I’m in the same boat as you. I’m pro-life and I don’t feel the need to overturn Roe. We aren’t going to end abortion by passing a law. It’s going to require a societal change and I’m glad that that change is slowly making progress. And I agree with you on the marriage issue too.

    I’m just sick of seeing the same old nonsense put forth by the left as if they are irrefutable. They aren’t. That’s why I said what I said.

    I wish the pro-choice people would spend more time pointing out that overturning Roe or passing more onerous regulations aren’t going to end abortion. They would make a stronger case by challenging the pro-life people on their belief that banning abortion will end it, rather than wasting time with those tired old arguments that have been refuted dozens of times.

  • http://www.moonhowlings.net Moonhowler

    Catherine, I agree with Elena. You are spreading misinformation that has no scientific backing. Stop with the lies.

    Most people I know who have had abortions have moved on and do not regret it.

    Brian, overturning Roe will not end abortion. You are correct. What it will do is make it a great deal harder to access and it will take the fight to a few states rather than 50 states. Therefore the anti abortion people can concentrate their efforts and resources.

    Now that we have cleared the air on that one. is this when I ask, do we just look stupid? I bet I was involved in pro choice acitivism when you were still in diapers.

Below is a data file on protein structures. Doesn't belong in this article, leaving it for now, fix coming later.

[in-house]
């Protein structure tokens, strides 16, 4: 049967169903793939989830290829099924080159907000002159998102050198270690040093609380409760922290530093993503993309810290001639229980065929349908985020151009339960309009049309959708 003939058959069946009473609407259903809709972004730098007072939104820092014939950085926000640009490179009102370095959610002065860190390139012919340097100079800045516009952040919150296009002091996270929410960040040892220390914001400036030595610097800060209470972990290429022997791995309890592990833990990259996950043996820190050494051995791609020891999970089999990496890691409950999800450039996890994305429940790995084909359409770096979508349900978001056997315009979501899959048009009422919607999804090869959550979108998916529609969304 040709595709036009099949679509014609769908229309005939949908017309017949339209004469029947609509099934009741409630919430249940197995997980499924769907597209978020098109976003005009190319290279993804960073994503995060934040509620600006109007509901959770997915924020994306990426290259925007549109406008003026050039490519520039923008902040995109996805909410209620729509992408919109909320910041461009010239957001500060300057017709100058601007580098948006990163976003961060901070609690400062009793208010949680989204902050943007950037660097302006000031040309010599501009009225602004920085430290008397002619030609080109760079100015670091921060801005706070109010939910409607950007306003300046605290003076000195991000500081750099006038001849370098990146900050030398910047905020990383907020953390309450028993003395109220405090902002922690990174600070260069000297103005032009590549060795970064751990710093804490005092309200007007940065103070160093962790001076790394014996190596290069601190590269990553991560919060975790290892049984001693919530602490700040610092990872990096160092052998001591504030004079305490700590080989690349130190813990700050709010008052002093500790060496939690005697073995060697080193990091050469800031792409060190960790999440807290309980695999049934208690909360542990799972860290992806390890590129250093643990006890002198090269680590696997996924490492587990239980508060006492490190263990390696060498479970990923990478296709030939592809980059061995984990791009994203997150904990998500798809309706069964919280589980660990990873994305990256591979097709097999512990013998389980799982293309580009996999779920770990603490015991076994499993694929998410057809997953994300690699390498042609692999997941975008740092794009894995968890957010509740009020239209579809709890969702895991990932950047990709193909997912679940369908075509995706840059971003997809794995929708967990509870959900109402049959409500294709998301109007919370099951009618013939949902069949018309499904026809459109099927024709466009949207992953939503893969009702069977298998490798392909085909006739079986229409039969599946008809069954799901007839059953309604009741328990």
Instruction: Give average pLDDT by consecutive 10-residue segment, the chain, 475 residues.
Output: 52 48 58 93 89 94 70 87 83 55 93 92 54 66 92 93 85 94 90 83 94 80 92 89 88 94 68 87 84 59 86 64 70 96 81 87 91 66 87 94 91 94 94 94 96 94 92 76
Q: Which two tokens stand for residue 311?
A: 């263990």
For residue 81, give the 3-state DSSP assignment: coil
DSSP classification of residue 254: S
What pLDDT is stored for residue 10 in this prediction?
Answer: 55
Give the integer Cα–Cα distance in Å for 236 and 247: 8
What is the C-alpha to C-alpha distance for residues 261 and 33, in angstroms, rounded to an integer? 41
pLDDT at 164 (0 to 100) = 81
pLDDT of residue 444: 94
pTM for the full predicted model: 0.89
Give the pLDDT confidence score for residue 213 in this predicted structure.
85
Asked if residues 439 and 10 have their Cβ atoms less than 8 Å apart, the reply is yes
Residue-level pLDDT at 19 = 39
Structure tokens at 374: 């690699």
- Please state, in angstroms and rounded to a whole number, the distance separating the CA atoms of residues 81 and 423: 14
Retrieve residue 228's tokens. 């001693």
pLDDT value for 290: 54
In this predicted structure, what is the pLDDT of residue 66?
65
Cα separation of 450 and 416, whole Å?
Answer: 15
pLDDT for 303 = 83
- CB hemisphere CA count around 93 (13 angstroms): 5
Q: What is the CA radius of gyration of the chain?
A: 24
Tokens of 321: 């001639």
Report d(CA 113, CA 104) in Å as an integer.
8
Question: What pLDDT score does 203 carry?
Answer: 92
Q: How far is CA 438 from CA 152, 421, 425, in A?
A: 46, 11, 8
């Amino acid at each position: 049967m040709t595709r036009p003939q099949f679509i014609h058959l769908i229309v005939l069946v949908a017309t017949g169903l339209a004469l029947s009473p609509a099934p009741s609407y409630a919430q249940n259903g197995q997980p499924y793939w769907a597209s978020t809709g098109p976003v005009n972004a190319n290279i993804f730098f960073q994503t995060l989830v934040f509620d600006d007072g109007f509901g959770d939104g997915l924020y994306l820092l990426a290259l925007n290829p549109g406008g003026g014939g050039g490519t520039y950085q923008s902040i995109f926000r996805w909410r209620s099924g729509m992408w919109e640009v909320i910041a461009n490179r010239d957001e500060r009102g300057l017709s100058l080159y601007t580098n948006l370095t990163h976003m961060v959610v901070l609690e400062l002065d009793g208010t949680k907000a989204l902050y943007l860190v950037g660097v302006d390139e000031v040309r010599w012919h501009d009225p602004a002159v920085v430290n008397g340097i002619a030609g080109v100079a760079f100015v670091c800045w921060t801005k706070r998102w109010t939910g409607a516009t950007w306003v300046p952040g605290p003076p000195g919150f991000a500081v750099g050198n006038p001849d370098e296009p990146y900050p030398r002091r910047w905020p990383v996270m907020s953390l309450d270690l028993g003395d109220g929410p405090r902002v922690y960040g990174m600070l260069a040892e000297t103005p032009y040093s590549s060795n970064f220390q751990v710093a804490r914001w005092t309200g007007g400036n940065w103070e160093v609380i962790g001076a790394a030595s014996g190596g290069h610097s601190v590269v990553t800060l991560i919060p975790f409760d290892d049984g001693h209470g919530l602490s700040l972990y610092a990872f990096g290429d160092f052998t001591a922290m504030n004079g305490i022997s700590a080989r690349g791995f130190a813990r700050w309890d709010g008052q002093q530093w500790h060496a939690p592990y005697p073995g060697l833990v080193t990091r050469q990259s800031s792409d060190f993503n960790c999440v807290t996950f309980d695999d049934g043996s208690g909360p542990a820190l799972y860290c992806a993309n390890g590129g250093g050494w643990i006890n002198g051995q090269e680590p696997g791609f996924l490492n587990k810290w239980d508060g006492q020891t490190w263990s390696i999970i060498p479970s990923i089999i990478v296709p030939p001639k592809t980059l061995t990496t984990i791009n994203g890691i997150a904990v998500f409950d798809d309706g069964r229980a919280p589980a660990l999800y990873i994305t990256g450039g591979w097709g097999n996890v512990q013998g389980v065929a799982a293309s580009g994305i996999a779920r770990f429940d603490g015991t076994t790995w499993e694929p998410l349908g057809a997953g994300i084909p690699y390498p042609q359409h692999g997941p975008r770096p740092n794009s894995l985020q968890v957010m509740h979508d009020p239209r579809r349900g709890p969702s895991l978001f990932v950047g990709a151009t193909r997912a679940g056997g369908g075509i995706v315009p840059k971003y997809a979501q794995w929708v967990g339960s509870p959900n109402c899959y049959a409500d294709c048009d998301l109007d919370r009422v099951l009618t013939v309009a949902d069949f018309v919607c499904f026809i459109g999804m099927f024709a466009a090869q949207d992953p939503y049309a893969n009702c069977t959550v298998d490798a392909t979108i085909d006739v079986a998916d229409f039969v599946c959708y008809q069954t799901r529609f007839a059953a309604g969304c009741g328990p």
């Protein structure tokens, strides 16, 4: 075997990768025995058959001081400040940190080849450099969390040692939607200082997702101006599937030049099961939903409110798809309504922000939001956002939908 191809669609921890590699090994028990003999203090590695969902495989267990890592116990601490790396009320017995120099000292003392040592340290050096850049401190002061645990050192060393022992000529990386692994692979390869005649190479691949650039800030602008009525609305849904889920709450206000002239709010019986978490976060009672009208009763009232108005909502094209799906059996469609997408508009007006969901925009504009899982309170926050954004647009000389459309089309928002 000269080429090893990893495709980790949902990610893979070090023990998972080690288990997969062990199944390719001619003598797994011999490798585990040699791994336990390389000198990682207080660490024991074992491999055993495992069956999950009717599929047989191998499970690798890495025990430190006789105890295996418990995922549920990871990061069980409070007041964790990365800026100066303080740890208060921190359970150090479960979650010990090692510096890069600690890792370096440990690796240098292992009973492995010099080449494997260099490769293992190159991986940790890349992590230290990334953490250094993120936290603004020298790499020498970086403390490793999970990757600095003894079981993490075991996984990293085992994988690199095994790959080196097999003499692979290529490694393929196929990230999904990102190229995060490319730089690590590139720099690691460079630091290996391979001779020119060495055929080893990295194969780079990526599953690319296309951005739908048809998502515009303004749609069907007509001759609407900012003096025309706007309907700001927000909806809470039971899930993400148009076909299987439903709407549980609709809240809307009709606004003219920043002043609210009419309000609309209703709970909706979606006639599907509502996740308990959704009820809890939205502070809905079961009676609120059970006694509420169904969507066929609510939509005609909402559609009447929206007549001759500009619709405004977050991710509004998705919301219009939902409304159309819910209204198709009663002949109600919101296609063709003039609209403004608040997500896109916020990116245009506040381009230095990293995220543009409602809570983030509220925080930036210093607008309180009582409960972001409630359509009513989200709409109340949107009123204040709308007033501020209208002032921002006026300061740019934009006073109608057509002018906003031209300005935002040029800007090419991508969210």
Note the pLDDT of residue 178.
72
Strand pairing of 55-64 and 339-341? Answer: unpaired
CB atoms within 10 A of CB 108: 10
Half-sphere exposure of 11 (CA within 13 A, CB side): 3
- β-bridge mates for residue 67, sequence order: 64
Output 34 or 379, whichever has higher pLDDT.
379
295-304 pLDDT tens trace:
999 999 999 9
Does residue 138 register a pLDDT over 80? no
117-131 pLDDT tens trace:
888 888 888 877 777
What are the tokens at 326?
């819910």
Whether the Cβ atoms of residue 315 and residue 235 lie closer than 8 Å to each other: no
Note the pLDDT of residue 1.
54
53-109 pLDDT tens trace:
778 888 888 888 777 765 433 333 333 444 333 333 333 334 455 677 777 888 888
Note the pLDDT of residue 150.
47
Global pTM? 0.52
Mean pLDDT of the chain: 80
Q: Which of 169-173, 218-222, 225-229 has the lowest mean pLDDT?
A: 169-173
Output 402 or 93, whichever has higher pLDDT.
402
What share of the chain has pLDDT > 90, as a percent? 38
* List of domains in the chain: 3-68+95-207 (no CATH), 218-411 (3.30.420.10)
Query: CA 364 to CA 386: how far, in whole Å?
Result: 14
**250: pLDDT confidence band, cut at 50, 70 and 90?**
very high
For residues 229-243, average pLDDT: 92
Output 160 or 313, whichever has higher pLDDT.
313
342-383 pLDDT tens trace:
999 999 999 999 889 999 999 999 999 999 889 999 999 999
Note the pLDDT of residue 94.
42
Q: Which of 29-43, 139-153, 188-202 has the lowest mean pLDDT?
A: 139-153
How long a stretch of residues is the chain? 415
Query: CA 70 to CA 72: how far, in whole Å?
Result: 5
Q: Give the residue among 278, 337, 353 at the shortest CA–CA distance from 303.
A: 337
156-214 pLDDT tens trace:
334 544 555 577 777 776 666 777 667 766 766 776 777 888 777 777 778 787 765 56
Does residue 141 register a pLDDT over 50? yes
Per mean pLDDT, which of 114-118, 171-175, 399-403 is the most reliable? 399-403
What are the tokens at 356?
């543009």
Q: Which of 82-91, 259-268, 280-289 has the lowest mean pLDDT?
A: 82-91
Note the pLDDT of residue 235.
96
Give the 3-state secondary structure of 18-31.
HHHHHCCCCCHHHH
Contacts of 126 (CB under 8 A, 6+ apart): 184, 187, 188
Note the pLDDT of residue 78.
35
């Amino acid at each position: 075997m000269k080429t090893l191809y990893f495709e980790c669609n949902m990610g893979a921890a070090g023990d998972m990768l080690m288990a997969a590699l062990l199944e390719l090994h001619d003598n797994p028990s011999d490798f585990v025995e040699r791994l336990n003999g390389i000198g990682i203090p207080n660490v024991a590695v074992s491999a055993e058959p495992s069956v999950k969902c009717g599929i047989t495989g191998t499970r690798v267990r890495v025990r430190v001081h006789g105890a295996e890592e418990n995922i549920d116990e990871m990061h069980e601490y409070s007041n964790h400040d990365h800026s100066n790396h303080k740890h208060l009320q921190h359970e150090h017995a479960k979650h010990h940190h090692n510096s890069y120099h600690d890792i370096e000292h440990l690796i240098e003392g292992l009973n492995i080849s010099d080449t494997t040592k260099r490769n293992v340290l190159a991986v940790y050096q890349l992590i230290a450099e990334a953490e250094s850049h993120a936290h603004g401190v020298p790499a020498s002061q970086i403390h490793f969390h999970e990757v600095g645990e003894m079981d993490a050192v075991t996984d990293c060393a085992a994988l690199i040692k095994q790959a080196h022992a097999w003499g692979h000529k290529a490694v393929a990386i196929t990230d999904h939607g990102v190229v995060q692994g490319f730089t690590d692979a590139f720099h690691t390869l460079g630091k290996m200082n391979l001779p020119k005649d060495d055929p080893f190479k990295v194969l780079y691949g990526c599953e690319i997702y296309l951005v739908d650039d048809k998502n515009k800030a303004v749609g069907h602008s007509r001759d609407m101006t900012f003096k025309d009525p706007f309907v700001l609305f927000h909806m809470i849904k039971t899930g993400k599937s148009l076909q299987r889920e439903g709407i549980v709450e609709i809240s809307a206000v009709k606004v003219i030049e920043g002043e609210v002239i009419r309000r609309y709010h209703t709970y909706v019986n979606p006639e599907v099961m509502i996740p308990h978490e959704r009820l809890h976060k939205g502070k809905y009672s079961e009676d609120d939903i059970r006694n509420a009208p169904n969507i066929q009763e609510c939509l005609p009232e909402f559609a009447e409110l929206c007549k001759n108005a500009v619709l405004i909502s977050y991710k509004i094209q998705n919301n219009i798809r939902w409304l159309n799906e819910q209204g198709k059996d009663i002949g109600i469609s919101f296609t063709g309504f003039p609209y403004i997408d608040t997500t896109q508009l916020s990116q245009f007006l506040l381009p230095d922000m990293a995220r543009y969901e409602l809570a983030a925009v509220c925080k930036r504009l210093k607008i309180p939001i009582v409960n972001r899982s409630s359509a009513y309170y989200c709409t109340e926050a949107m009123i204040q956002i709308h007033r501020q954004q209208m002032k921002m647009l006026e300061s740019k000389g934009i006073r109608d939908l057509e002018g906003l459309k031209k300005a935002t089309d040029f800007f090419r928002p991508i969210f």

• Catherine Crabill

    Like I said, people who make comments calling themselves such names as “moonhowl…beam..” whatever and any other pseudonym have ZERO credibility.

    I could post all the research I am referencing, but for the merchants of death, truth is always ‘discredited’ by the sources you choose to believe to prop up your lies. No one is going to change anyone’s mind here. But I amuse myself by not allowing your BS to go unchallenged, until I’m bored.

  • http://Www.bearingdrift.com Brian Schoeneman

    Moonhowler, you probably were. And in that time, public opinion on the abortion issue has been steadily shifting to the right. That’s a good thing. I hope at some point that you pro-choice activists will join with those of us on the right to try and make the process obsolete without having to infringe on whatever sacred right you all think you are defending.

  • http://www.moonhowlings.net Elena

    Brian,
    You said “whatever sacred right you all think you are defending.”

    Allow me illuminate what sacred right you mock. The state has no legal right to your testicles, it can’t force you to do anything with them, no matter how many women you impregnate. How about this, for every woman seeking an abortion, the man responsible has to undergo a forced vasectomy or some other intrusive procedure.

    The government has no control over testicles and never will. When you force a woman to give birth, where do you think that baby comes out of? It isn’t some obscure reality about birth. A zygote is NOT the same as my husband and it is ridiculous to suggest as much. Every month when a woman has a period, I don’t mourn the potential loss of life. Maybe the Hasidic Jews do, but not the rest of Jews.

  • http://www.bearingdrift.com Brian W. Schoeneman

    Elena, again, you’re wrong. Do a little research on the history of forced sterilization in the United States. As recently as 1981 men were being sterilized by the state. It’s happened. It was a penalty for crimes like rape and the Supreme Court found in valid in a Virginia case in 1927 – Buck v. Bell, and that case is still good law for sterilization of non-criminals.

    And I never said a zygote is the same as your husband. I said, under the law, both the zygote and your husband have exactly the same say in your decision to abort – none.

    You guys seem to think that’s fair. I don’t.